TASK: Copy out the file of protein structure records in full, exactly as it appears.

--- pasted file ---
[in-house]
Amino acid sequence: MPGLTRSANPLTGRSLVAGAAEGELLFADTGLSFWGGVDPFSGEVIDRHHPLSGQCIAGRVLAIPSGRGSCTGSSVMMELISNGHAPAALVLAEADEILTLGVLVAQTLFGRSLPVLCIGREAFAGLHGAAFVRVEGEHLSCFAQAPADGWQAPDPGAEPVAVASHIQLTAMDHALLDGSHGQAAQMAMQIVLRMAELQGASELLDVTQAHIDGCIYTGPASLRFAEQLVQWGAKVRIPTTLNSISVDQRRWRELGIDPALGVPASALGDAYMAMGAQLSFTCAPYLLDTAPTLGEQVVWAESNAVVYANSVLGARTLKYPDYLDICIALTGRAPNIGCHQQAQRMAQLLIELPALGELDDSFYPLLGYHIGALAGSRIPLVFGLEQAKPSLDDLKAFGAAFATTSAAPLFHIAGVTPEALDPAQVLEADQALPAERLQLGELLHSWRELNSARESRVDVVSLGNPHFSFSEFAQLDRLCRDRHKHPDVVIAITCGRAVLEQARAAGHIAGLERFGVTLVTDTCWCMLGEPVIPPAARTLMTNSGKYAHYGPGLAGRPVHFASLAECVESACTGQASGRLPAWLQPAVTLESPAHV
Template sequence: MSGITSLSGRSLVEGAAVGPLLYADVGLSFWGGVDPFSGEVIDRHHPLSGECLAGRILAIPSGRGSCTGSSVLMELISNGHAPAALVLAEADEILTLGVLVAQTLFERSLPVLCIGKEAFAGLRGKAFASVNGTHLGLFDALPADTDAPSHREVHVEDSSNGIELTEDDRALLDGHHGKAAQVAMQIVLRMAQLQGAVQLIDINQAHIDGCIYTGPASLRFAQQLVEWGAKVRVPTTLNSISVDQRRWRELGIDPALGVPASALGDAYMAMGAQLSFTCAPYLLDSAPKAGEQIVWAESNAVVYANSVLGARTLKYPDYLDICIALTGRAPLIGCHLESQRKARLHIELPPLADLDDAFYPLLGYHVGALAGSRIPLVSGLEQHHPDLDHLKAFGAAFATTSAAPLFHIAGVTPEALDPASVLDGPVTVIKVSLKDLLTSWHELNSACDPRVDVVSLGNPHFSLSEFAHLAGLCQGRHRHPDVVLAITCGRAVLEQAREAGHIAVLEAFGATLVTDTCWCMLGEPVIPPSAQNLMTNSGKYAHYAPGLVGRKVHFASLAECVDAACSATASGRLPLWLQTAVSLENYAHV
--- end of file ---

[in-house]
Amino acid sequence: MPGLTRSANPLTGRSLVAGAAEGELLFADTGLSFWGGVDPFSGEVIDRHHPLSGQCIAGRVLAIPSGRGSCTGSSVMMELISNGHAPAALVLAEADEILTLGVLVAQTLFGRSLPVLCIGREAFAGLHGAAFVRVEGEHLSCFAQAPADGWQAPDPGAEPVAVASHIQLTAMDHALLDGSHGQAAQMAMQIVLRMAELQGASELLDVTQAHIDGCIYTGPASLRFAEQLVQWGAKVRIPTTLNSISVDQRRWRELGIDPALGVPASALGDAYMAMGAQLSFTCAPYLLDTAPTLGEQVVWAESNAVVYANSVLGARTLKYPDYLDICIALTGRAPNIGCHQQAQRMAQLLIELPALGELDDSFYPLLGYHIGALAGSRIPLVFGLEQAKPSLDDLKAFGAAFATTSAAPLFHIAGVTPEALDPAQVLEADQALPAERLQLGELLHSWRELNSARESRVDVVSLGNPHFSFSEFAQLDRLCRDRHKHPDVVIAITCGRAVLEQARAAGHIAGLERFGVTLVTDTCWCMLGEPVIPPAARTLMTNSGKYAHYGPGLAGRPVHFASLAECVESACTGQASGRLPAWLQPAVTLESPAHV
Template sequence: MSGITSLSGRSLVEGAAVGPLLYADVGLSFWGGVDPFSGEVIDRHHPLSGECLAGRILAIPSGRGSCTGSSVLMELISNGHAPAALVLAEADEILTLGVLVAQTLFERSLPVLCIGKEAFAGLRGKAFASVNGTHLGLFDALPADTDAPSHREVHVEDSSNGIELTEDDRALLDGHHGKAAQVAMQIVLRMAQLQGAVQLIDINQAHIDGCIYTGPASLRFAQQLVEWGAKVRVPTTLNSISVDQRRWRELGIDPALGVPASALGDAYMAMGAQLSFTCAPYLLDSAPKAGEQIVWAESNAVVYANSVLGARTLKYPDYLDICIALTGRAPLIGCHLESQRKARLHIELPPLADLDDAFYPLLGYHVGALAGSRIPLVSGLEQHHPDLDHLKAFGAAFATTSAAPLFHIAGVTPEALDPASVLDGPVTVIKVSLKDLLTSWHELNSACDPRVDVVSLGNPHFSLSEFAHLAGLCQGRHRHPDVVLAITCGRAVLEQAREAGHIAVLEAFGATLVTDTCWCMLGEPVIPPSAQNLMTNSGKYAHYAPGLVGRKVHFASLAECVDAACSATASGRLPLWLQTAVSLENYAHV